Debunking ersatz tax theories

Making tax machinery more efficient is essential to reform the economy post demonetisation

DS Saksena | January 31, 2017


#Economy   #Demonestisation   #Tax   #GDP  
Finance minister Arun Jaitley at the ‘halwa ceremony’ to mark the beginning of the budget printing process on January 19
Finance minister Arun Jaitley at the ‘halwa ceremony’ to mark the beginning of the budget printing process on January 19

Demonetisation has had some intended and many strange and unintended consequences. It appears that the zeal to reform the economy post-demonetisation has permeated to the general public, which has led to a mushroom growth of tax experts. Currently, the media – both print and electronic – is awash with the suggestions of these self-styled tax experts. This flood of suggestions – often from respected academics – has severely eroded the trust of the public in the current tax system so much so that people often wonder whether our tax administration is in proper hands.

Coming to the current crop of suggestions making the rounds; it is widely believed that demonetisation was inspired by a suggestion from the Arthkranti think-tank. This belief is buttressed by the fact that Arthkranti acknowledged their contribution and the PM called the Arthkranti people for a meeting about demonetisation. It would be interesting to note that the second part of the Arthkranti proposal involves replacing all taxes by a single tax on bank transactions. Despite the proposals being in the public domain for some time, no one has had the courage to point out that the implementation of the second part of Arthkranti’s suggestions could prove even more calamitous than the first part (demonetisation). For one thing, a significant part of the tax revenue of all countries comes from taxing MNCs and cross-border transactions. This requires that the tax systems of all countries should be roughly similar. If we follow the Arthkranti model and replace all taxes by a single banking transactions tax, then we would not be able to tax MNCs and cross-border transactions properly and would hence forego a significant amount of revenue. Secondly, in the current system the amount and incidence of taxation is well known. If we implement the Arthkranti suggestions, no one can predict what amount of tax would be collected and who would bear the tax burden. Thirdly, a banking transactions tax would discourage banking transactions and people would prefer to deal in cash – which is contrary to the objectives of the government.

It is the favourite proposition of almost all commentators that income tax evasion has increased exponentially through the years. Relying mainly on anecdotal evidence such as the abundance of houses, luxury cars, etc. compared to the number of persons disclosing an income in excess of Rs 10 lakh, these self-styled tax experts theorise that tax evasion is rampant and stands at many times of the actual taxes collected. However, the proposition that people who are in possession of valuable assets but are disclosing meagre income are necessarily evading tax is not correct in all cases. Such anomalies arise due to some fundamental flaws in the Indian taxation system. For example, dividends (if shareholding is less 10% of the total shareholding) from companies, share in profit from partnership firms and long term capital gains from sale of shares are exempt from income tax. This leads to a situation where if Mr X holds 9% shares in a big public limited company and receives Rs 150 crore as dividend then Mr X does not need to pay tax. Similarly, if Mr Y is a partner in a large partnership firm and earns partnership income of Rs 5 crore then Mr Y does not need to pay any tax. Similarly, if Mr Z sells some shares and earns long term capital gains of Rs 200 crore then Mr Z does not need to pay any tax. Mr X, Mr Y and Mr Z are the persons who do not pay tax but buy big cars and big houses and come to the notice of the aforementioned tax experts. On the other hand, if someone earns a salary of Rs 5 lakh per annum then he is in the tax net. It would, therefore, be more apposite if the learned experts trained their guns on these inequities in the tax system instead of drawing flawed conclusions and pillorying the income tax department for inefficiency and worse.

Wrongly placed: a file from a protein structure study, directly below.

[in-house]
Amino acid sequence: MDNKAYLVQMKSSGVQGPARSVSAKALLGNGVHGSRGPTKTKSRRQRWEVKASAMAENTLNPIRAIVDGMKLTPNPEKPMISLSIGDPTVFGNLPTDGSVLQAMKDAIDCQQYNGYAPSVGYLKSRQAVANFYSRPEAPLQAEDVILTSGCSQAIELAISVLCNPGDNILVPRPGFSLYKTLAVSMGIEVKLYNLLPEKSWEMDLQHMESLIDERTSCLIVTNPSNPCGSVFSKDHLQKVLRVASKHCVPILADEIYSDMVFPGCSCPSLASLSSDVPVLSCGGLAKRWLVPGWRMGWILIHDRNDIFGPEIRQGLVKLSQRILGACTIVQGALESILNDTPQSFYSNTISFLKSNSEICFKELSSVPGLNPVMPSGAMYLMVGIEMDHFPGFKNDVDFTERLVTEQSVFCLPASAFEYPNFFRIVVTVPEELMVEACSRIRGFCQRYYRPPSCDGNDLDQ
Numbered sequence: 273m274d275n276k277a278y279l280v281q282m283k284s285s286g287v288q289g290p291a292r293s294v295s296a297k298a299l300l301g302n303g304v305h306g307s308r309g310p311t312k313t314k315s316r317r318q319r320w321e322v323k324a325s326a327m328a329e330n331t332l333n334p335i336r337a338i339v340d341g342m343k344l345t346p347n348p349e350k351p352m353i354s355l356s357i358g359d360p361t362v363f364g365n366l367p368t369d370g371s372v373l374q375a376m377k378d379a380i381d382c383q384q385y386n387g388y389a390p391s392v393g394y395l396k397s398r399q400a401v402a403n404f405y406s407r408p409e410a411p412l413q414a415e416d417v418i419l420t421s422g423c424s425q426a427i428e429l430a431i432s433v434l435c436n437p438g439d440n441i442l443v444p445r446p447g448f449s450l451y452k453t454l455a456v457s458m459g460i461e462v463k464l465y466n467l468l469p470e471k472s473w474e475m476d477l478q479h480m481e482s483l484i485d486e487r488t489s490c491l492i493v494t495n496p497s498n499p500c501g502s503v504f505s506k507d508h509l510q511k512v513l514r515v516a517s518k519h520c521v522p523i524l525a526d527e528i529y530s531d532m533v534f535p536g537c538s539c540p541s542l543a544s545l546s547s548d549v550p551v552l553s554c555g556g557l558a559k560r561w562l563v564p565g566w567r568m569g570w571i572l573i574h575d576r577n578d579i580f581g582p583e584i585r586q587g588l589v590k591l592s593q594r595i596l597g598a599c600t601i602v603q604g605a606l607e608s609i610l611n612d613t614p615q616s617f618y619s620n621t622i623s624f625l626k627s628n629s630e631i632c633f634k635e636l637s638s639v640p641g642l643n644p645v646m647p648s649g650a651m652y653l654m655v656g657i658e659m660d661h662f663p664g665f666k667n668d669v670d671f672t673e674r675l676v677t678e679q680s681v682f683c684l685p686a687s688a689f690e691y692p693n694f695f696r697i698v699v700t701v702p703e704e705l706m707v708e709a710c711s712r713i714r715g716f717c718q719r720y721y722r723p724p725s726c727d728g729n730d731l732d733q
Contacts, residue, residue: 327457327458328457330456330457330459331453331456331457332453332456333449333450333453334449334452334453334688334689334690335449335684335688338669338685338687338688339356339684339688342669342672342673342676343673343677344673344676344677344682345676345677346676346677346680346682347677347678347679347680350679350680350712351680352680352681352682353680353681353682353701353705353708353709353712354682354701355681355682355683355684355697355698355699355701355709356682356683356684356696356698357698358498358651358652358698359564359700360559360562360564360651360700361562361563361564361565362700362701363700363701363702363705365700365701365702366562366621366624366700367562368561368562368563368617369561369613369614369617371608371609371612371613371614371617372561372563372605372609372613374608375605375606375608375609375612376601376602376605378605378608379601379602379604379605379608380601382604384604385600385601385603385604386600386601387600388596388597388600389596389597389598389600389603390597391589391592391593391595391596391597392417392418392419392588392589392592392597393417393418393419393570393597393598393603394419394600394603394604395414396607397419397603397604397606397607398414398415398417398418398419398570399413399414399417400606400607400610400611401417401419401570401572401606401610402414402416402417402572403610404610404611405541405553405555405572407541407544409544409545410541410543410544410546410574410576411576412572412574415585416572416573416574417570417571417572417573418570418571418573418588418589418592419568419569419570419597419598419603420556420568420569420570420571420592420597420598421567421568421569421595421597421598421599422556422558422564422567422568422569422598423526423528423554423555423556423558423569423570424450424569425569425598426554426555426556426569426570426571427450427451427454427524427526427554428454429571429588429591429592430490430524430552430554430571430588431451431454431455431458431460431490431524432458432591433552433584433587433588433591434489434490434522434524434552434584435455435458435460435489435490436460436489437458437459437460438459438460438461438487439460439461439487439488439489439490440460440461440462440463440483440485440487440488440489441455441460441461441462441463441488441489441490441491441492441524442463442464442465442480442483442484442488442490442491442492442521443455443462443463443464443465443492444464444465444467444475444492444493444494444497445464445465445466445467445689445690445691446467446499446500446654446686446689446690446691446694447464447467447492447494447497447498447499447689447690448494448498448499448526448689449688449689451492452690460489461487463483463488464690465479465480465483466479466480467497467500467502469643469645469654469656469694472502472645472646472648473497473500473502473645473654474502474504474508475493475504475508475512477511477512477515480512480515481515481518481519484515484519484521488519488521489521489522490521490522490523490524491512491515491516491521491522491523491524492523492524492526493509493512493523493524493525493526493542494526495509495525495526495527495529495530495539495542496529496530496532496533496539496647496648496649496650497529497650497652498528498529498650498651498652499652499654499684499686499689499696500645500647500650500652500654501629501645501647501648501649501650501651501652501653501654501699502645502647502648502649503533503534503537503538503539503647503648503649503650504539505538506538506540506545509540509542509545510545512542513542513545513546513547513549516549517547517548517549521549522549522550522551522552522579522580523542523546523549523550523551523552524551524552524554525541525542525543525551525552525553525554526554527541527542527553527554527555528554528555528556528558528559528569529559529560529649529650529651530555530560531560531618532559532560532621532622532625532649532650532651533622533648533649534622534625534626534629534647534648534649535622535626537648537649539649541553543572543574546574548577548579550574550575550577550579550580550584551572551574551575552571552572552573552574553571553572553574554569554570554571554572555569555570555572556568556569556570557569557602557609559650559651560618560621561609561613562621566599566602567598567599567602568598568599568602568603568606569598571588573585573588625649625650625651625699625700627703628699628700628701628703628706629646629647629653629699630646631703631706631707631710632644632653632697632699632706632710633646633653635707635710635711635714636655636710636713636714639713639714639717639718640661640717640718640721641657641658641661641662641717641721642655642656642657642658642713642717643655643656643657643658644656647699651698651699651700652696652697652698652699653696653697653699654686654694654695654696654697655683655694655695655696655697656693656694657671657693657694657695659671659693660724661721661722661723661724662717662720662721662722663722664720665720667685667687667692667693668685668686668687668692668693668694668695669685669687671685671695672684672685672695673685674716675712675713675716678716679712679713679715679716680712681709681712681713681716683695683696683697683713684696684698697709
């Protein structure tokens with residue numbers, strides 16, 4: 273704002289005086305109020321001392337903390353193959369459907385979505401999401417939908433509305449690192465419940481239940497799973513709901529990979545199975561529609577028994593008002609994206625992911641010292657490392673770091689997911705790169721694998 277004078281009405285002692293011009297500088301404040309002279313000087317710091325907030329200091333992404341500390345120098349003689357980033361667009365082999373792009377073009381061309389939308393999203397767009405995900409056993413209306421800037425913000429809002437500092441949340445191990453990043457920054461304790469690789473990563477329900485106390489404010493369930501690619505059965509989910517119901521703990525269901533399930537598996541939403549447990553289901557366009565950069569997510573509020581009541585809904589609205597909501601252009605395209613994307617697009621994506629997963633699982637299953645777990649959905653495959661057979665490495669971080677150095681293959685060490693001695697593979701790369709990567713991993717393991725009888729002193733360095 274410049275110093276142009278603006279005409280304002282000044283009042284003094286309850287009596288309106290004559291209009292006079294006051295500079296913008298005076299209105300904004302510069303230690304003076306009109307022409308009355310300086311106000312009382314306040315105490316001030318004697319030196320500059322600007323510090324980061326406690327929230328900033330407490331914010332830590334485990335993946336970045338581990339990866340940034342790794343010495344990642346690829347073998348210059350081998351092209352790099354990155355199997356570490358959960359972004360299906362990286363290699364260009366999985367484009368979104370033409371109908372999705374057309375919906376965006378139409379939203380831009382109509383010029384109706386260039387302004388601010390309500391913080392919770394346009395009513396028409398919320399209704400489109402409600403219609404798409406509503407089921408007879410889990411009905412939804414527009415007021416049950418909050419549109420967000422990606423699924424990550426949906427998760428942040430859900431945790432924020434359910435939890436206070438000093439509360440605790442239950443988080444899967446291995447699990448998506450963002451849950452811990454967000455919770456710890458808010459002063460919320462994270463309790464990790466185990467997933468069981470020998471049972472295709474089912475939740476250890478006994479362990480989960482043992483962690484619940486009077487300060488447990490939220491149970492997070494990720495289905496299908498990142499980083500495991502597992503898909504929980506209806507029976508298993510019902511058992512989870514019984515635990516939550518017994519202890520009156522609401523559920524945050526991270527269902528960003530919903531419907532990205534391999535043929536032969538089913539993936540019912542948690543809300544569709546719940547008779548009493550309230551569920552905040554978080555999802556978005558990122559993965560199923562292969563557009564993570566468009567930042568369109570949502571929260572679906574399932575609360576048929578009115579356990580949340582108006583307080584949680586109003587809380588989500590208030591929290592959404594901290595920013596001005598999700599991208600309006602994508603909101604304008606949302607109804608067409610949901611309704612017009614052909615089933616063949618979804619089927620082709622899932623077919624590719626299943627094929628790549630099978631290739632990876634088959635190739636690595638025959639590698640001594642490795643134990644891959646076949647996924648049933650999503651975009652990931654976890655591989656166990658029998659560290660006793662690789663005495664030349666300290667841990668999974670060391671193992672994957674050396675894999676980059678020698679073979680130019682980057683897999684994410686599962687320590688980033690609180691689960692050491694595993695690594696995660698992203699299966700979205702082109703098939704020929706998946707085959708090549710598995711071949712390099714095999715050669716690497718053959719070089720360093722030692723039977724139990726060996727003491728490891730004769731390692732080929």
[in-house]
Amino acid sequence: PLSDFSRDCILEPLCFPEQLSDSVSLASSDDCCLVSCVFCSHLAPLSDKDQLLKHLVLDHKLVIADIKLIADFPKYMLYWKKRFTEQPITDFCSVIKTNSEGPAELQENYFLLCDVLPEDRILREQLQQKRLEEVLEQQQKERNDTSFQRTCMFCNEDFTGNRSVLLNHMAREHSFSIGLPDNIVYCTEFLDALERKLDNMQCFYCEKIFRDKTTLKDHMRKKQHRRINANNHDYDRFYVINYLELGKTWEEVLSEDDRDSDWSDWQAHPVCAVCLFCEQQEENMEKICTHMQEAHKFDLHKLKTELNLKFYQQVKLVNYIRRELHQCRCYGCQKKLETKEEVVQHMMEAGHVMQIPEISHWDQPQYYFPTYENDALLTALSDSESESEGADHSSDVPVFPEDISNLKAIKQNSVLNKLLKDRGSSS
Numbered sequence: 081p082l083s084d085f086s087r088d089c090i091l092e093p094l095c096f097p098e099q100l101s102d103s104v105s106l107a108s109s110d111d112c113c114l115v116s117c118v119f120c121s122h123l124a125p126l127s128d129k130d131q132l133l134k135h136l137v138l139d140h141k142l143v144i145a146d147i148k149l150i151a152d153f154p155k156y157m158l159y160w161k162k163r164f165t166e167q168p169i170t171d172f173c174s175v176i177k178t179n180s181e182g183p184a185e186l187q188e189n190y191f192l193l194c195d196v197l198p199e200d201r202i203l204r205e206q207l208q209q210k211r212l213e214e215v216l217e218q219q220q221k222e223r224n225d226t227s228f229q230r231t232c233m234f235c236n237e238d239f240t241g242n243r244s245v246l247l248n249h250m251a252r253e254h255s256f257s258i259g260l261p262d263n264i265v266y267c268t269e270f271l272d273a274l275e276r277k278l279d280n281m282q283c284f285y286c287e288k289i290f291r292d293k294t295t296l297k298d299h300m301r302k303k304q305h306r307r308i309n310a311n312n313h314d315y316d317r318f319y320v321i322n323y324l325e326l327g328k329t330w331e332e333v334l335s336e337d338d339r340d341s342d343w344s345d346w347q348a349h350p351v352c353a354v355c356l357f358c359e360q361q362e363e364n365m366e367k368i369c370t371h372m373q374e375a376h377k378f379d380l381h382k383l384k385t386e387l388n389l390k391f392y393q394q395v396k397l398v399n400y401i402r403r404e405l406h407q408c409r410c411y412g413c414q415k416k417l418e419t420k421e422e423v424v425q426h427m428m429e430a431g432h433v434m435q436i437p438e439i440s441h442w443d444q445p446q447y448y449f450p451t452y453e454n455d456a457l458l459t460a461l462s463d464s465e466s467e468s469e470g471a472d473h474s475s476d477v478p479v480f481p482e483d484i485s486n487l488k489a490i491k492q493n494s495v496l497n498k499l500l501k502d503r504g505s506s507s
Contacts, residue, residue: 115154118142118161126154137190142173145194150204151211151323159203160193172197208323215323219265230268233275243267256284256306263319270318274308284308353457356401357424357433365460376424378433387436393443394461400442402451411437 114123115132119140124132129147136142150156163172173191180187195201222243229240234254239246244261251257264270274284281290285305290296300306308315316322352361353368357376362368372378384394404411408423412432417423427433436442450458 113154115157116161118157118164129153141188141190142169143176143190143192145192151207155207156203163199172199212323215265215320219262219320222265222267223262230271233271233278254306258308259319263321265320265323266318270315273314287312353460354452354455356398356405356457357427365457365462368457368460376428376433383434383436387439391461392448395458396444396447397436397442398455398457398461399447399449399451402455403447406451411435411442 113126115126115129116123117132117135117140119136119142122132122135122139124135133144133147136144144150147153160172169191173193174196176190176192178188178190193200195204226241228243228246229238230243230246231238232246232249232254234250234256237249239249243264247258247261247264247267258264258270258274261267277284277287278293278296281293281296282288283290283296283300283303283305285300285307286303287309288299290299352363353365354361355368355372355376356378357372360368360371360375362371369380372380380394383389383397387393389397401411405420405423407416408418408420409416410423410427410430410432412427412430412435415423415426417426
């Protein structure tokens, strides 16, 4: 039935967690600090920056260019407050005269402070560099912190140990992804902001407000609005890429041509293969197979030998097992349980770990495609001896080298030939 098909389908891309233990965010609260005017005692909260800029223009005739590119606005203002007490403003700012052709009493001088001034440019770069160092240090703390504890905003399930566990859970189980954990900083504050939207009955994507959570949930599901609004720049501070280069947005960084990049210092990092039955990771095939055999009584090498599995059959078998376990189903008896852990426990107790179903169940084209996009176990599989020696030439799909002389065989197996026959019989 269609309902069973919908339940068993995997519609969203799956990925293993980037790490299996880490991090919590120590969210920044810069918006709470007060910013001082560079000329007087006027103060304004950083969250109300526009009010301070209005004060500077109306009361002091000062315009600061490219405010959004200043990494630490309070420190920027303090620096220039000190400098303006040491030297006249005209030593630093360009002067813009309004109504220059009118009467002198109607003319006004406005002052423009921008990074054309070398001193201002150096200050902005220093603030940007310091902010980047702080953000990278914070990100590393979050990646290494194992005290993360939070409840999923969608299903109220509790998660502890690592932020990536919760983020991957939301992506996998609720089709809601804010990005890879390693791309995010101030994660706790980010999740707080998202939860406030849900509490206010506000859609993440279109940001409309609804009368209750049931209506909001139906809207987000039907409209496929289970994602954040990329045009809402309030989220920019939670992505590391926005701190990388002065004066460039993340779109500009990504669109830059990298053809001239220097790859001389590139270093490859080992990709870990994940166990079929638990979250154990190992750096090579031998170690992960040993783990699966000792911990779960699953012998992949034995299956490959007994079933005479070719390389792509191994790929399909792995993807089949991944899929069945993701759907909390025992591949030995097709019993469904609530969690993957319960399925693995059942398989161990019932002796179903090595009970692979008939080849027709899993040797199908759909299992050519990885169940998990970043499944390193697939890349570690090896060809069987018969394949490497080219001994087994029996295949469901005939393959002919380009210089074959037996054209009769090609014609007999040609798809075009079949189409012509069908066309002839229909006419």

Relying on similar logic, some writers have gone so far as to surmise that income tax evasion, which allegedly stood at 10% to 30% in 2002 (again without evidence), has deteriorated to some figure between 200% and 300% of the tax collection in 2016. However, if we dispassionately analyse official statistics, we would find that tax collection has increased from Rs 68,305 crore in financial year 2000-01 to Rs 7,42,295 crore in 2015-16 i.e. an increase of 987%.  These statistics show that the rate of increase in income tax collection is much more than the sum of the rates of the GDP growth rate and inflation. This would mean that contrary to the perception of “experts”, tax evasion has declined over the years – probably through technological advances and better performance of the income tax department.